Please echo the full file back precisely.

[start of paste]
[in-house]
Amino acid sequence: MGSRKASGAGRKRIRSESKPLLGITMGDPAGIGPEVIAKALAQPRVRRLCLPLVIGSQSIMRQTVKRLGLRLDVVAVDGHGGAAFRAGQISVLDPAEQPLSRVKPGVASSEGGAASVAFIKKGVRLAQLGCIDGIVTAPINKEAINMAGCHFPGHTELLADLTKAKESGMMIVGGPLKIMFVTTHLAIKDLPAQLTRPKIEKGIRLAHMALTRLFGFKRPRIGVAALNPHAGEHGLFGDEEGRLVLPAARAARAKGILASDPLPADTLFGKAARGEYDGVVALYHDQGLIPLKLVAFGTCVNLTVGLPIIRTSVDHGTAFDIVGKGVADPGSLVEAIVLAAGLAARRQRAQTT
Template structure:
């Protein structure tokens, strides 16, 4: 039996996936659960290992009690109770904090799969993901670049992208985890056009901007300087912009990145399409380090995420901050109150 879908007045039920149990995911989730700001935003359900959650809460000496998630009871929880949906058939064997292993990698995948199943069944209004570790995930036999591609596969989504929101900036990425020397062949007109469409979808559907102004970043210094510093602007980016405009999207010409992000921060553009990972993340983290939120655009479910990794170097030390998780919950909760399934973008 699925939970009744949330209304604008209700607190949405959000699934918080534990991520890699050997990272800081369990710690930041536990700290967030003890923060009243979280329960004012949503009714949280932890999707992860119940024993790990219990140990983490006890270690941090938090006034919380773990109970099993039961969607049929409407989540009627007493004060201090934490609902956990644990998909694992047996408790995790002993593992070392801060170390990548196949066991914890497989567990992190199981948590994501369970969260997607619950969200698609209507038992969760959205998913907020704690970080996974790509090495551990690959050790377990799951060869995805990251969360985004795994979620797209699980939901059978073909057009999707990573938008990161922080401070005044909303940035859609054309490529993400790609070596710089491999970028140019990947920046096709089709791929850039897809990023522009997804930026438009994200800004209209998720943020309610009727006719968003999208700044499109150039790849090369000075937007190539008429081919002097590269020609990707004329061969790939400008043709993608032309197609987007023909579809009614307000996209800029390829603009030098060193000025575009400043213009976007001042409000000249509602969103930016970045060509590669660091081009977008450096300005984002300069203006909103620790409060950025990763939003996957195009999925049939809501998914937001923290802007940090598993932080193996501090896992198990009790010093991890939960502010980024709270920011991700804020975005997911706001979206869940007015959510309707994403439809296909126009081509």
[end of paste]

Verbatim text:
[in-house]
Amino acid sequence: MGSRKASGAGRKRIRSESKPLLGITMGDPAGIGPEVIAKALAQPRVRRLCLPLVIGSQSIMRQTVKRLGLRLDVVAVDGHGGAAFRAGQISVLDPAEQPLSRVKPGVASSEGGAASVAFIKKGVRLAQLGCIDGIVTAPINKEAINMAGCHFPGHTELLADLTKAKESGMMIVGGPLKIMFVTTHLAIKDLPAQLTRPKIEKGIRLAHMALTRLFGFKRPRIGVAALNPHAGEHGLFGDEEGRLVLPAARAARAKGILASDPLPADTLFGKAARGEYDGVVALYHDQGLIPLKLVAFGTCVNLTVGLPIIRTSVDHGTAFDIVGKGVADPGSLVEAIVLAAGLAARRQRAQTT
Template structure:
């Protein structure tokens, strides 16, 4: 039996996936659960290992009690109770904090799969993901670049992208985890056009901007300087912009990145399409380090995420901050109150 879908007045039920149990995911989730700001935003359900959650809460000496998630009871929880949906058939064997292993990698995948199943069944209004570790995930036999591609596969989504929101900036990425020397062949007109469409979808559907102004970043210094510093602007980016405009999207010409992000921060553009990972993340983290939120655009479910990794170097030390998780919950909760399934973008 699925939970009744949330209304604008209700607190949405959000699934918080534990991520890699050997990272800081369990710690930041536990700290967030003890923060009243979280329960004012949503009714949280932890999707992860119940024993790990219990140990983490006890270690941090938090006034919380773990109970099993039961969607049929409407989540009627007493004060201090934490609902956990644990998909694992047996408790995790002993593992070392801060170390990548196949066991914890497989567990992190199981948590994501369970969260997607619950969200698609209507038992969760959205998913907020704690970080996974790509090495551990690959050790377990799951060869995805990251969360985004795994979620797209699980939901059978073909057009999707990573938008990161922080401070005044909303940035859609054309490529993400790609070596710089491999970028140019990947920046096709089709791929850039897809990023522009997804930026438009994200800004209209998720943020309610009727006719968003999208700044499109150039790849090369000075937007190539008429081919002097590269020609990707004329061969790939400008043709993608032309197609987007023909579809009614307000996209800029390829603009030098060193000025575009400043213009976007001042409000000249509602969103930016970045060509590669660091081009977008450096300005984002300069203006909103620790409060950025990763939003996957195009999925049939809501998914937001923290802007940090598993932080193996501090896992198990009790010093991890939960502010980024709270920011991700804020975005997911706001979206869940007015959510309707994403439809296909126009081509």